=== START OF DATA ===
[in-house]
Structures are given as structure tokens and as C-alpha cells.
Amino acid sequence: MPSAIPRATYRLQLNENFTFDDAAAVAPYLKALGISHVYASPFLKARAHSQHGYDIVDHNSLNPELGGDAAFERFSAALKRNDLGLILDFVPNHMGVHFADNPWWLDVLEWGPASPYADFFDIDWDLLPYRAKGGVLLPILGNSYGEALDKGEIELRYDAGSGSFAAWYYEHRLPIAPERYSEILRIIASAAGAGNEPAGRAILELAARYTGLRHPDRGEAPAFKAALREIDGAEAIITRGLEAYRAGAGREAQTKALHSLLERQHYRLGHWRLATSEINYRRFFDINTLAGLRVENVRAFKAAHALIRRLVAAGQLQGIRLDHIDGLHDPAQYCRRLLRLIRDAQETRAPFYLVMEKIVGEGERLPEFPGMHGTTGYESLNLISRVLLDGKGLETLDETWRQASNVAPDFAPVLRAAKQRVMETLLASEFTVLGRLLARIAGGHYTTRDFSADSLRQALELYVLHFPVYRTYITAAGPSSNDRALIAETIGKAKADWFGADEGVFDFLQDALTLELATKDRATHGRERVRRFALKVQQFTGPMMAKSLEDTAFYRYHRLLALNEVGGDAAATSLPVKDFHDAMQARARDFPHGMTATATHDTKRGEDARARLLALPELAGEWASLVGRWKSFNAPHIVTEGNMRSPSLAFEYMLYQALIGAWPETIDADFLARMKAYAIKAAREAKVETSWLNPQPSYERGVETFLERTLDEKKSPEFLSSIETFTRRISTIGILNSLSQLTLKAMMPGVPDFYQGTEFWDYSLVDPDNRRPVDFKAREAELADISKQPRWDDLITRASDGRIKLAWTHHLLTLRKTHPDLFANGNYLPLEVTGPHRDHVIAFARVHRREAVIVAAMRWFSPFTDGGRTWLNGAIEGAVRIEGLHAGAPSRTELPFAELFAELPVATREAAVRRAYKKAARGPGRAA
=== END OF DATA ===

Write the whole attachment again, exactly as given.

[in-house]
Structures are given as structure tokens and as C-alpha cells.
Amino acid sequence: MPSAIPRATYRLQLNENFTFDDAAAVAPYLKALGISHVYASPFLKARAHSQHGYDIVDHNSLNPELGGDAAFERFSAALKRNDLGLILDFVPNHMGVHFADNPWWLDVLEWGPASPYADFFDIDWDLLPYRAKGGVLLPILGNSYGEALDKGEIELRYDAGSGSFAAWYYEHRLPIAPERYSEILRIIASAAGAGNEPAGRAILELAARYTGLRHPDRGEAPAFKAALREIDGAEAIITRGLEAYRAGAGREAQTKALHSLLERQHYRLGHWRLATSEINYRRFFDINTLAGLRVENVRAFKAAHALIRRLVAAGQLQGIRLDHIDGLHDPAQYCRRLLRLIRDAQETRAPFYLVMEKIVGEGERLPEFPGMHGTTGYESLNLISRVLLDGKGLETLDETWRQASNVAPDFAPVLRAAKQRVMETLLASEFTVLGRLLARIAGGHYTTRDFSADSLRQALELYVLHFPVYRTYITAAGPSSNDRALIAETIGKAKADWFGADEGVFDFLQDALTLELATKDRATHGRERVRRFALKVQQFTGPMMAKSLEDTAFYRYHRLLALNEVGGDAAATSLPVKDFHDAMQARARDFPHGMTATATHDTKRGEDARARLLALPELAGEWASLVGRWKSFNAPHIVTEGNMRSPSLAFEYMLYQALIGAWPETIDADFLARMKAYAIKAAREAKVETSWLNPQPSYERGVETFLERTLDEKKSPEFLSSIETFTRRISTIGILNSLSQLTLKAMMPGVPDFYQGTEFWDYSLVDPDNRRPVDFKAREAELADISKQPRWDDLITRASDGRIKLAWTHHLLTLRKTHPDLFANGNYLPLEVTGPHRDHVIAFARVHRREAVIVAAMRWFSPFTDGGRTWLNGAIEGAVRIEGLHAGAPSRTELPFAELFAELPVATREAAVRRAYKKAARGPGRAA